Storms Still Expected Thursday – Later Arrival
We have been monitoring the potential for severe storms since last week, as the timing and strength of the storm system out west becomes more clear. In the meantime, it has really felt like spring over the last couple days, thanks to unseasonably warm temperatures, increasing humidity and of course the overwhelming high pollen levels. Today will be no different, with highs again around 80 degrees and a stout southerly breeze between 10-20 mph. Due to increasing humidity and warmer temperatures, clouds have been on the increase, along with even the potential for a sprinkle or two today, but we are expecting the majority to just remain dry under a partly to mostly cloudy sky. Another dry day is expected Wednesday, with highs mostly in the low 80s and a mix of sun and clouds.
As we look ahead to Thursday, model guidance has been trending later with the arrival of showers and storms associated with an approaching cold front. A strong to severe line of storms will be approaching the Mississippi River late Wednesday and will slowly track east overnight, entering northwest Alabama sometime around daybreak to mid-late morning on Thursday.
With dew points surging into the mid (maybe even upper 60s), ahead of the line of showers and storms early Thursday, there will be substantial moisture to support severe storms. CAPE and shear values remain low, but keeping the tornado threat on the low side. With that said, there will still be the potential for storms to rotate and if rotation looks strong enough on radar, a tornado warning or two may be issued, whether or not the storm produces a tornado. So keep in mind you need to have a way to get the latest weather information in case a warning is issued. We learned on March 18th, that it doesn’t take a tornado to cause significant damage, straight-line winds can cause just as much damage as an EF0 – EF1 tornado.
The good news is because instability parameters are not overwhelmingly high, we are not expecting a widespread significant severe weather event, though it only takes damaging straight-line winds or a tornado in your community to make it significant for you. Below the Storm Prediction Center in Norman, Oklahoma has outlined most of the Tennessee Valley and the entire state of Alabama in a Slight Risk area for severe storms Thursday.
This graphic shows where the greatest risk for severe storms will likely be, which is the 30% area outline in red in northeast, east/central and southern Alabama.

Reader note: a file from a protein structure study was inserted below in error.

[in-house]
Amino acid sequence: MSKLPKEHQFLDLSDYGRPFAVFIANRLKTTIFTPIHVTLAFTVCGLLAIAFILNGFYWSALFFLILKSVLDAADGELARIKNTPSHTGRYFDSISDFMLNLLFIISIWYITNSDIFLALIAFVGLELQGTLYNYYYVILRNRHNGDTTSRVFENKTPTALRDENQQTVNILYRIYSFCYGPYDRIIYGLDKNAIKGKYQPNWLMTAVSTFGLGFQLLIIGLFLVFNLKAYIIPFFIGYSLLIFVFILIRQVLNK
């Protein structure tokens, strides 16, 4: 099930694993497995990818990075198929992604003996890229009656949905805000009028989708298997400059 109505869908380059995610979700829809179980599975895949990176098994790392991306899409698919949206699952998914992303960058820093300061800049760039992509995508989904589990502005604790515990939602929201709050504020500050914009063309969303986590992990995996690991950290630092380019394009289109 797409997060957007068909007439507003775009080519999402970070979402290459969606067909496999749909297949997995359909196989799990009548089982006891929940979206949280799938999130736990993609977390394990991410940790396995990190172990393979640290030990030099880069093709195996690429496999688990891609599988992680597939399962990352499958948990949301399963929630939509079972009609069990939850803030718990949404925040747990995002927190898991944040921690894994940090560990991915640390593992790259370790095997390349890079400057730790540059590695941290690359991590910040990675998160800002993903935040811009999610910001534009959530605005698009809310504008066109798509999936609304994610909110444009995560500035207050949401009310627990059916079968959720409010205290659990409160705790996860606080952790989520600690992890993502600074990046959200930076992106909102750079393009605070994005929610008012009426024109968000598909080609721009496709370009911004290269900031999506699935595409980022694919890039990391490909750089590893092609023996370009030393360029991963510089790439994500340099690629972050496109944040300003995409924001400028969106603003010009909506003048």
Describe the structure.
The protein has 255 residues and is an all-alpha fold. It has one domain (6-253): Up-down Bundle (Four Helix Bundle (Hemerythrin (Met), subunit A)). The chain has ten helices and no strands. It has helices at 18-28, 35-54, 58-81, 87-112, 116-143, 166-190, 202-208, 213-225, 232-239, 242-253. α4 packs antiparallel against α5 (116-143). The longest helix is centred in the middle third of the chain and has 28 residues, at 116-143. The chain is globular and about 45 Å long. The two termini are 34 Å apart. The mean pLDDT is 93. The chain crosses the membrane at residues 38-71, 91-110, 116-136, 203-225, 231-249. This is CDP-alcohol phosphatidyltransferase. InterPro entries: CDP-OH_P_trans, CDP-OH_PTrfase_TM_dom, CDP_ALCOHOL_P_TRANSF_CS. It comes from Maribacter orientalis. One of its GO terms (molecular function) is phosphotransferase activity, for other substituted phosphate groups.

As previously mentioned, we are expecting a squall line (line of storms), or QLCS (Quasi-Linear Convective System) as Chief Meteorologist Jason Simpson described in his post yesterday (This Week’s Stormy Weather), to move into northwest Alabama sometime Thursday morning and track east throughout the day. If a QLCS does develop, that will mean a greater potential for individual line segments to bow out and cause severe straight-line winds, or for rotation and possible tornadoes. As the line progresses east through the day Thursday, the environment any storms move into will be more unstable and more conducive for strong to severe storms. This will be the case especially east of I-65 with the line expected to move through during the afternoon hours, as CAPE values are forecast to approach 750 J/kg. That being said, the entire Tennessee Valley has the potential for strong to severe storms Thursday.
Below is an approximate timeline for storms that is subject to change, but is our latest thinking on when storms will be moving through specific areas of the Tennessee Valley. Showers will be possible in northwest Alabama before daybreak Thursday, but storms aren’t expected to arrive until 7:00 am or later.
Northwest Alabama (The Shoals): 7:00 am – 11:00 am
I-65 Corridor/Huntsville: 11:00 am – 2:00 pm
Northeast Alabama: 2:00 pm – 6:00 pm
Today and tomorrow is the perfect time to review your severe weather safety plan with your family and make sure your NOAA weather radio is working properly and has fresh batteries if needed. If you need help programing your weather radio, click here –> ‘How To Program Your Weather Radio‘, for an instructional video by meteorologist Brandon Chambers.
Also there are many ways for you to stay alert of severe weather on your smart phone or mobile device by downloading any of the FREE apps from WHNT and other ways to track storms and receive warnings.
Check back here for continuous updates as the storm system approaches and especially when it moves through Thursday.
- Jennifer Watson
Facebook: Jennifer Watson WHNT